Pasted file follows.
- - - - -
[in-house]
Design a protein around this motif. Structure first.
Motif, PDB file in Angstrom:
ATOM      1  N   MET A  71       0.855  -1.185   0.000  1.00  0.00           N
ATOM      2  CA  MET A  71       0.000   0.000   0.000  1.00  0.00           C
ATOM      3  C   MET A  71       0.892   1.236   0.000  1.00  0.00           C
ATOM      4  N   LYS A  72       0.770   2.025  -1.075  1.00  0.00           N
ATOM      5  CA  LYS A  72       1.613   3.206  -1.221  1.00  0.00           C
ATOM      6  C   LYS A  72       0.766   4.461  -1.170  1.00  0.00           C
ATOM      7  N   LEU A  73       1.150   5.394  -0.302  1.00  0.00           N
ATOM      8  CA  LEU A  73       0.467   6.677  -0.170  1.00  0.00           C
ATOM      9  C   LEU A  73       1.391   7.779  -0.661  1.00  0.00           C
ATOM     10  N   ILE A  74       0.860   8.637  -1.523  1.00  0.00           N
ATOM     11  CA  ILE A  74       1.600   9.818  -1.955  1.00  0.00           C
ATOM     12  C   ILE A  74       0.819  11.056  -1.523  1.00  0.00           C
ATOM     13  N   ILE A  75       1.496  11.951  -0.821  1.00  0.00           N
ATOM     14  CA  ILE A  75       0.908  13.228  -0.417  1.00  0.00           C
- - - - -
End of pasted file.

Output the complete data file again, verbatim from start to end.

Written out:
[in-house]
Design a protein around this motif. Structure first.
Motif, PDB file in Angstrom:
ATOM      1  N   MET A  71       0.855  -1.185   0.000  1.00  0.00           N
ATOM      2  CA  MET A  71       0.000   0.000   0.000  1.00  0.00           C
ATOM      3  C   MET A  71       0.892   1.236   0.000  1.00  0.00           C
ATOM      4  N   LYS A  72       0.770   2.025  -1.075  1.00  0.00           N
ATOM      5  CA  LYS A  72       1.613   3.206  -1.221  1.00  0.00           C
ATOM      6  C   LYS A  72       0.766   4.461  -1.170  1.00  0.00           C
ATOM      7  N   LEU A  73       1.150   5.394  -0.302  1.00  0.00           N
ATOM      8  CA  LEU A  73       0.467   6.677  -0.170  1.00  0.00           C
ATOM      9  C   LEU A  73       1.391   7.779  -0.661  1.00  0.00           C
ATOM     10  N   ILE A  74       0.860   8.637  -1.523  1.00  0.00           N
ATOM     11  CA  ILE A  74       1.600   9.818  -1.955  1.00  0.00           C
ATOM     12  C   ILE A  74       0.819  11.056  -1.523  1.00  0.00           C
ATOM     13  N   ILE A  75       1.496  11.951  -0.821  1.00  0.00           N
ATOM     14  CA  ILE A  75       0.908  13.228  -0.417  1.00  0.00           C